Bill, I think this is quite a bit off. But perhaps I don't understand what you are saying. Average harvest per day? to supply only 50-65% of daily loads? But then you add "(i.e., 50% of predicted harvest or 2x your daily energy needs)"

    Also Off grid solar is wildly situational. I have heat with sun in the summer, and a battery bank of only 1 days autonomy, but it works great sa there is abundent sun when it's hot and I use more than I can store in a day, if I had an empty battery, running 2 air conditioners.

    Then in the fall when we can have more than a week without direct sunlight, it's nice to have an oversized array even if daily loads fall to 2 kWhs, as you are getting some minimal charging everyday.

    Maybe I'll understand this better in the morning....
    Home system 4000 watt (Evergreen) array standing, with 2 Midnite Classic Lites,  Midnite E-panel, Magnum MS4024, Prosine 1800(now backup) and Exeltech 1100(former backup...lol), 660 ah 24v Forklift battery(now 10 years old). Off grid for 20 years (if I include 8 months on a bicycle).
    - Assorted other systems, pieces and to many panels in the closet to not do more projects.
  • HorseflyHorsefly Registered Users Posts: 435 ✭✭✭✭
    Years ago I found this web site: http://www.solarpaneltilt.com/   The guy is a bit pedantic, but...    It certainly addresses the question!

    Off-grid cabin: 6 x Canadian Solar CSK-280M PV panels, Schneider XW-MPPT60-150 Charge Controller, Schneider CSW4024 Inverter/Charger, Schneider SCP, 8S (25.6V), 230Ah Eve LiFePO4 battery in a custom insulated and heated case.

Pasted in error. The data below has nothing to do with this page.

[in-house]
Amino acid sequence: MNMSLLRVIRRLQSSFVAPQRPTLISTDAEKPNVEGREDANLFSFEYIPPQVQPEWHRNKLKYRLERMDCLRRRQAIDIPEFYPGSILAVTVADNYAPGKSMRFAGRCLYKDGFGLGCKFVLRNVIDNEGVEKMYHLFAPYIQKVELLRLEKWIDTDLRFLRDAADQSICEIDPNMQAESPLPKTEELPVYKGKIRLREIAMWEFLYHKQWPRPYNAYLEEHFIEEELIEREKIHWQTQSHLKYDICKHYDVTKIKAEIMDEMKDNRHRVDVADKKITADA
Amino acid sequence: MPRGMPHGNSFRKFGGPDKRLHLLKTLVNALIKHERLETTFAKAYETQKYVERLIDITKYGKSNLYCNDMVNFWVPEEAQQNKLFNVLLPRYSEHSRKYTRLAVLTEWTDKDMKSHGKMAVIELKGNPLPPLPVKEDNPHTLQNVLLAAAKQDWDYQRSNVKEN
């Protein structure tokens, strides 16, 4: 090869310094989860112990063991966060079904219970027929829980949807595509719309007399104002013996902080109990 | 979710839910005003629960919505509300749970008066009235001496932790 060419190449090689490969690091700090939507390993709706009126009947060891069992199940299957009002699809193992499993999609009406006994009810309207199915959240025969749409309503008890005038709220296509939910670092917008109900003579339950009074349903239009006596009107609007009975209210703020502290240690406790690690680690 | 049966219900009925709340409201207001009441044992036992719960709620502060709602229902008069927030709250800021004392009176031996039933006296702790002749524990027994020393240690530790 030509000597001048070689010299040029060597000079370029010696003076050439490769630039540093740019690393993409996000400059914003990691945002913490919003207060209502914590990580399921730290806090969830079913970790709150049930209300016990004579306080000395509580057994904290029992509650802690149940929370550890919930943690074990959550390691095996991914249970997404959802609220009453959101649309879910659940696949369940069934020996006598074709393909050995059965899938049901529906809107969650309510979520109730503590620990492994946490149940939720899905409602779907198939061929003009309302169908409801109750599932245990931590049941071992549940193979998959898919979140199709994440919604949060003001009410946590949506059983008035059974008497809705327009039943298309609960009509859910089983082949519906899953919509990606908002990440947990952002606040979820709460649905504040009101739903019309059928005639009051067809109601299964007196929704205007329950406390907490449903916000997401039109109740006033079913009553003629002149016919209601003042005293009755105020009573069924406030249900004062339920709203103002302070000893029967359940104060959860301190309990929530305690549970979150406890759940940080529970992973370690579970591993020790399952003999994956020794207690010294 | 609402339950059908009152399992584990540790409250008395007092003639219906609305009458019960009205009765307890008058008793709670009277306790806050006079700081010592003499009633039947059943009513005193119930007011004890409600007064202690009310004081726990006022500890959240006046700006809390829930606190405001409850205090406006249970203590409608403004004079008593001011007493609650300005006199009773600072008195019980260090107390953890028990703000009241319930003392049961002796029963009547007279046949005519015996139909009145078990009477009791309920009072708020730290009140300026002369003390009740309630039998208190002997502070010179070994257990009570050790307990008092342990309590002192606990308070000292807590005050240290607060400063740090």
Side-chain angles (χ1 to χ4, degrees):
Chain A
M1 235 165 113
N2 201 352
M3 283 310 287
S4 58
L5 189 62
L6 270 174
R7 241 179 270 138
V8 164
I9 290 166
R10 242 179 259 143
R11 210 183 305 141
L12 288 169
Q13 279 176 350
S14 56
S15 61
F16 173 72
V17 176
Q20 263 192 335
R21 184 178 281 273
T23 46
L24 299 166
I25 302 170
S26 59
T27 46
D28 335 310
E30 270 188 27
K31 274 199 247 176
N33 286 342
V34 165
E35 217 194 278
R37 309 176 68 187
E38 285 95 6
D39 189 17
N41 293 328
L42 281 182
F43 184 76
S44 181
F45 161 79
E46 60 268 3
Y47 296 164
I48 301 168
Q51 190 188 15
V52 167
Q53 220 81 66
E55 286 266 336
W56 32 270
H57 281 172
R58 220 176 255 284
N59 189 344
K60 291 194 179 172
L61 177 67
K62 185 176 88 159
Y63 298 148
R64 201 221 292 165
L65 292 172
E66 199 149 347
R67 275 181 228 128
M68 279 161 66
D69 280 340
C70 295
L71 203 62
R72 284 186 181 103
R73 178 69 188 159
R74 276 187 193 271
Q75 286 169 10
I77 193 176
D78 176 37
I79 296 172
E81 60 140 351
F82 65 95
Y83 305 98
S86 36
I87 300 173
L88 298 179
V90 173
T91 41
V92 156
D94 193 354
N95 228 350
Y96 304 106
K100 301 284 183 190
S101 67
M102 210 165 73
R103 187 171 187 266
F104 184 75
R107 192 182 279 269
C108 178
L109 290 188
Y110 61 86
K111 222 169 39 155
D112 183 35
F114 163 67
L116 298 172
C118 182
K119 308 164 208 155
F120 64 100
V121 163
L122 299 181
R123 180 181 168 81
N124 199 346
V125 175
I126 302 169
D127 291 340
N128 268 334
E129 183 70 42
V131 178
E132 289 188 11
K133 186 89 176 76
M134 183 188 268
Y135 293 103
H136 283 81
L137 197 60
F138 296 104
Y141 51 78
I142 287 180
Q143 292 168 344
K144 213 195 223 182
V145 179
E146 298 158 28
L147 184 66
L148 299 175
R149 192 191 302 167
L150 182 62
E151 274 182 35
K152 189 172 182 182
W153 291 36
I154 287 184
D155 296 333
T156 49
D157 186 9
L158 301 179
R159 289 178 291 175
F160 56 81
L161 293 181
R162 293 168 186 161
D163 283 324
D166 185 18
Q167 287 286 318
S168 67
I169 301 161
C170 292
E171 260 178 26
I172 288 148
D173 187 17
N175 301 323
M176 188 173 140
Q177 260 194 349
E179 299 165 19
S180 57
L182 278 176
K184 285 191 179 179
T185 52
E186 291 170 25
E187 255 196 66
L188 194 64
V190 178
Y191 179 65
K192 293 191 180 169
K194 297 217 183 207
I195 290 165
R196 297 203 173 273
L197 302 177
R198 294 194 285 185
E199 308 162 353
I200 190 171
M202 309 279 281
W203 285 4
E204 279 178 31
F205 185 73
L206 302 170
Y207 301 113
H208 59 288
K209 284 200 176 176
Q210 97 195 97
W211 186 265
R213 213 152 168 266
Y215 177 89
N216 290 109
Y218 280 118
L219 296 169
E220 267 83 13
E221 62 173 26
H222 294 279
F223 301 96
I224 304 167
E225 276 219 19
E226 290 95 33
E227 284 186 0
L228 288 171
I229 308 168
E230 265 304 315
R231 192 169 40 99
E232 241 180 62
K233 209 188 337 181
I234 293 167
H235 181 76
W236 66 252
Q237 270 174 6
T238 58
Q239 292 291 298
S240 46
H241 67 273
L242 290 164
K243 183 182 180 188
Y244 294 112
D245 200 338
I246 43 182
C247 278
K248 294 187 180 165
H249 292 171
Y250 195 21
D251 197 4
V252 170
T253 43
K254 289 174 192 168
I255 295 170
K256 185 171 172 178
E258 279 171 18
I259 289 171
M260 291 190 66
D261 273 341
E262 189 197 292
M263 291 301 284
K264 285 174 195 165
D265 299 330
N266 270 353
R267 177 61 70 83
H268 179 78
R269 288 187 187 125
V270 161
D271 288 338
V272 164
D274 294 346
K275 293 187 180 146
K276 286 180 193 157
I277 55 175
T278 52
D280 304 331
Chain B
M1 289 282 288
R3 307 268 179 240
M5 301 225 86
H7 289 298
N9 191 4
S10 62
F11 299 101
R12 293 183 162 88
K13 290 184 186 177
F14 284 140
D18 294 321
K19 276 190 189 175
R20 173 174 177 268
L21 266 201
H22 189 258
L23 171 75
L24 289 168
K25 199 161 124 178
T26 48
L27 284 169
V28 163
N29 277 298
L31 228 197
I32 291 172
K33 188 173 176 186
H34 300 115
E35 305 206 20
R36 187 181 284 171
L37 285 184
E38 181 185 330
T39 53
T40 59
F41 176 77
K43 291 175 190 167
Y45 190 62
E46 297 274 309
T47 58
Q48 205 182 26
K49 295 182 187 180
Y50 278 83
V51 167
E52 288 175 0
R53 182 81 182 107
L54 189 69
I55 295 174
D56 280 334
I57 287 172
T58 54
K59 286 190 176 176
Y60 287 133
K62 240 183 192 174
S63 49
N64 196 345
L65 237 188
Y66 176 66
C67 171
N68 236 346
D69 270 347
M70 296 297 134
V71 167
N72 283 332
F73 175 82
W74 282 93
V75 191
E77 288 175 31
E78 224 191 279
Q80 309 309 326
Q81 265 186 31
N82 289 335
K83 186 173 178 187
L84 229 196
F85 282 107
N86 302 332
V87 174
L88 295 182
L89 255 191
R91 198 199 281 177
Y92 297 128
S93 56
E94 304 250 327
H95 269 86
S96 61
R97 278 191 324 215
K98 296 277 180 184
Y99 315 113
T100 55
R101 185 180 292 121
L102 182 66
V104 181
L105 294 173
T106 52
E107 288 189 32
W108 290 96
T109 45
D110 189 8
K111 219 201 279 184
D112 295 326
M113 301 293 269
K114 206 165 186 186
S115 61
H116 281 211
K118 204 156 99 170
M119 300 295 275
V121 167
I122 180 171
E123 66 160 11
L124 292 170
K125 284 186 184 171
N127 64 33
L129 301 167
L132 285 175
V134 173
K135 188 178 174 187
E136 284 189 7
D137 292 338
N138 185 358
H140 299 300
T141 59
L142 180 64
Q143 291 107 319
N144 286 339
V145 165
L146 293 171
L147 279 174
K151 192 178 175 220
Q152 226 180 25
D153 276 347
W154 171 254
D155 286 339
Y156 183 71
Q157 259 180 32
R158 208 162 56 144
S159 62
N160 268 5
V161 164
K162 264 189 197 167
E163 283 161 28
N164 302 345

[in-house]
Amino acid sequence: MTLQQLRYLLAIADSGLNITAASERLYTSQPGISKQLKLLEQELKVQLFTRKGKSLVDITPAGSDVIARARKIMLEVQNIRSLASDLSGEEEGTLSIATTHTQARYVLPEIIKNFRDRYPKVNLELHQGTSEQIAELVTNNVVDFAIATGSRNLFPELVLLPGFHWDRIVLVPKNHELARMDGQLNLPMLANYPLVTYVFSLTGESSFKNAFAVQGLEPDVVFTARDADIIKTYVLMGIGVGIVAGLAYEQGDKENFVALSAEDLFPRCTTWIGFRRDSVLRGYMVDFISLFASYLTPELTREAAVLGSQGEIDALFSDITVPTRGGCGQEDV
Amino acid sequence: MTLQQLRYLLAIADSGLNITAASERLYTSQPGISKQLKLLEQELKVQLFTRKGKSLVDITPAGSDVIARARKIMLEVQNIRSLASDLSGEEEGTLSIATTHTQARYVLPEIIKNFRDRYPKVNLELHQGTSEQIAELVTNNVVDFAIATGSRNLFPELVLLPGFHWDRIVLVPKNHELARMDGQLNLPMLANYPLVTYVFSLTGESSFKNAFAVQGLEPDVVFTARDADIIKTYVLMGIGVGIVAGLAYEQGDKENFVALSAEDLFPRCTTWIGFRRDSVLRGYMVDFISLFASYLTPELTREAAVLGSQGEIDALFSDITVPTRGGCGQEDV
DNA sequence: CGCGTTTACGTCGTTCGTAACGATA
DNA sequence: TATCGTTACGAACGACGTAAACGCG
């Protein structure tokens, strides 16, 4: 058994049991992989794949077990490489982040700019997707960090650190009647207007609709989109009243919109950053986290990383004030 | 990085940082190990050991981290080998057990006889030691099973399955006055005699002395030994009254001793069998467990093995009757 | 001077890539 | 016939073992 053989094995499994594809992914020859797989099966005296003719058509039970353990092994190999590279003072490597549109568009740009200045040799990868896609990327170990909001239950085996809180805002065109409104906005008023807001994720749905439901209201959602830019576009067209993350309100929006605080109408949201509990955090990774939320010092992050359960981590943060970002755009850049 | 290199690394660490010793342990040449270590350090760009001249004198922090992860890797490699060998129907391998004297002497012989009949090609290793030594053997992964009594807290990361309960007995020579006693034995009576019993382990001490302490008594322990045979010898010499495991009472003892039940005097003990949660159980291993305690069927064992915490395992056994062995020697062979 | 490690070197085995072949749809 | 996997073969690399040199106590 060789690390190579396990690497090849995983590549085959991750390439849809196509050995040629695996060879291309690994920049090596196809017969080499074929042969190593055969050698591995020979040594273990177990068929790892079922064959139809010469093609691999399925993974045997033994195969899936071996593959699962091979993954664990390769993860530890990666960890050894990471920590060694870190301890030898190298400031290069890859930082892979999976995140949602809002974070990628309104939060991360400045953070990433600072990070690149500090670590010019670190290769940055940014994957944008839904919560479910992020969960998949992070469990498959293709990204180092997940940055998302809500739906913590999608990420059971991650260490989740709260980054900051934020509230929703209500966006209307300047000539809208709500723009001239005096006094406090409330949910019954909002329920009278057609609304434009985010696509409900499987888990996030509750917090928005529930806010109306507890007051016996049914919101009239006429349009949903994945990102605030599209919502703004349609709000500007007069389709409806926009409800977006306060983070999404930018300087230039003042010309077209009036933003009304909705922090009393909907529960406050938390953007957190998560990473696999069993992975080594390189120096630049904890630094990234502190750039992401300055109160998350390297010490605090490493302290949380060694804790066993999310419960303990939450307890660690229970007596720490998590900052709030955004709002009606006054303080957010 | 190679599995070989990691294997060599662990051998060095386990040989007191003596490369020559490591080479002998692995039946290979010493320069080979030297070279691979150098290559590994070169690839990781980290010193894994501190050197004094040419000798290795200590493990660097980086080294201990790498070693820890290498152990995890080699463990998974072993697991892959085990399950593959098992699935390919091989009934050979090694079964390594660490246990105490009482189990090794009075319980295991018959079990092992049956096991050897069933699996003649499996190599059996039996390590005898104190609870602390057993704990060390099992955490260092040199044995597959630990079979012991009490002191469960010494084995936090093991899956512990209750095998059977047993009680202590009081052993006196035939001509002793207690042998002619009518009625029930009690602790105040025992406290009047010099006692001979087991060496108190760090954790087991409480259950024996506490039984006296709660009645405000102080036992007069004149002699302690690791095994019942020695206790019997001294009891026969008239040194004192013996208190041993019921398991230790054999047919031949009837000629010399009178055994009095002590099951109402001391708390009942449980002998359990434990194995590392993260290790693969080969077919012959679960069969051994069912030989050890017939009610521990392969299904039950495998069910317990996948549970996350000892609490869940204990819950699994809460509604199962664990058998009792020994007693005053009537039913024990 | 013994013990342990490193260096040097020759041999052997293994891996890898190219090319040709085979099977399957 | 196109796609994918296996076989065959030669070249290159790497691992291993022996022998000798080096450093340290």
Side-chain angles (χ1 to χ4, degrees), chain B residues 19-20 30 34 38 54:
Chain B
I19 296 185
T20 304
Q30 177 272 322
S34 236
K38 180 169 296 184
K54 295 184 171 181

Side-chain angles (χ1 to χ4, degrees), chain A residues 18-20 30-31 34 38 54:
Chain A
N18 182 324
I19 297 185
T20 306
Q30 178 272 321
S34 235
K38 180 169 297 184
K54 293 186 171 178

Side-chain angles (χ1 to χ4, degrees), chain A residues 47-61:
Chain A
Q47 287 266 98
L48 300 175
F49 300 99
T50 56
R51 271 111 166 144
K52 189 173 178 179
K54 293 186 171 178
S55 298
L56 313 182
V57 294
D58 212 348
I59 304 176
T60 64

• showmeshowme Registered Users Posts: 65 ✭✭
    edited April 23 #7

    Thanks very much for all the info, guys! I do have the Solar Electricity Handbook, and although it has a lot of informational graphs, the closest to us is St. Louis (an hour north). There is a graph that shows tilt monthly, though. But when I read his formula for calculating my site, it didn't seem to match with any others I'd seen.

    Per the apps, I also saw in the above book (which is now a little dated for some information) two suggestions for Apple and Android. Being the geezer that I am, I don't have a smart phone for daily use, but I've got an android that's used for traveling directions and for apps that I can use at our property. Unfortunately, the app listed in that book is defunct. So I will definitely try one of these apps. Also, with the degree angle indicator that I got for with the MT Solar mounts, the measurements will not be super precise. But it's pretty handy, I think.

    I'll try these apps today. Hopefully they'll line up with the formula I mentioned earlier.

    Also, per the comment about the expected daily loads by Bill, we're going to be off grid and are hoping (betting) our 8k array, the secondary 960w array and the Bergey XL.1 wind genny will produce 100% of our power. I hope to only have to use the back up genny in extreme situations. Since I'm having a hard time trying to account for all the new loads that will be in the earth home we build, I went the easy route and am just using our present, 110 year old house's utility bills for our needs estimates, which include electric dryer, water heater, forced air gas furnace (the fans) and air conditioning, etc. Way over what we'll use down there. But this will include a shop that I'll tinker in till they bury me.

    I'm heading down to the property this morning to put the metal roof on the power shed, so I'll use these android apps and see what I can find, then I'll report back. Thanks again, folks! Lee




    "Knowing is not enough, we must apply. Willing is not enough, we must do."   Goethe

    NOS Trace Xantrex power panel, (3) Trace Xantrex SW5548's (2 NOS in boxes, one used), Xantrex DC/disconnect, AC disconnect/conversion, Xantrex T240 Auto transformer, (3) C40 PWM charge controllers, (2 NOS, one used)  8k LG Neon 320w, (8)Evergreen  Solar 120w (960w)  , Bergey XL.1 1.5k genny, AirX 400 genny, 48v Interstate Workman batts (frozen/toast), (2) MT Solar Top of Pole 12's, (2) Midnite Solar MSPV 4 combiner boxes, (2) Midnite Solar Classic 150's and one nice Ozark hilltop to set them all.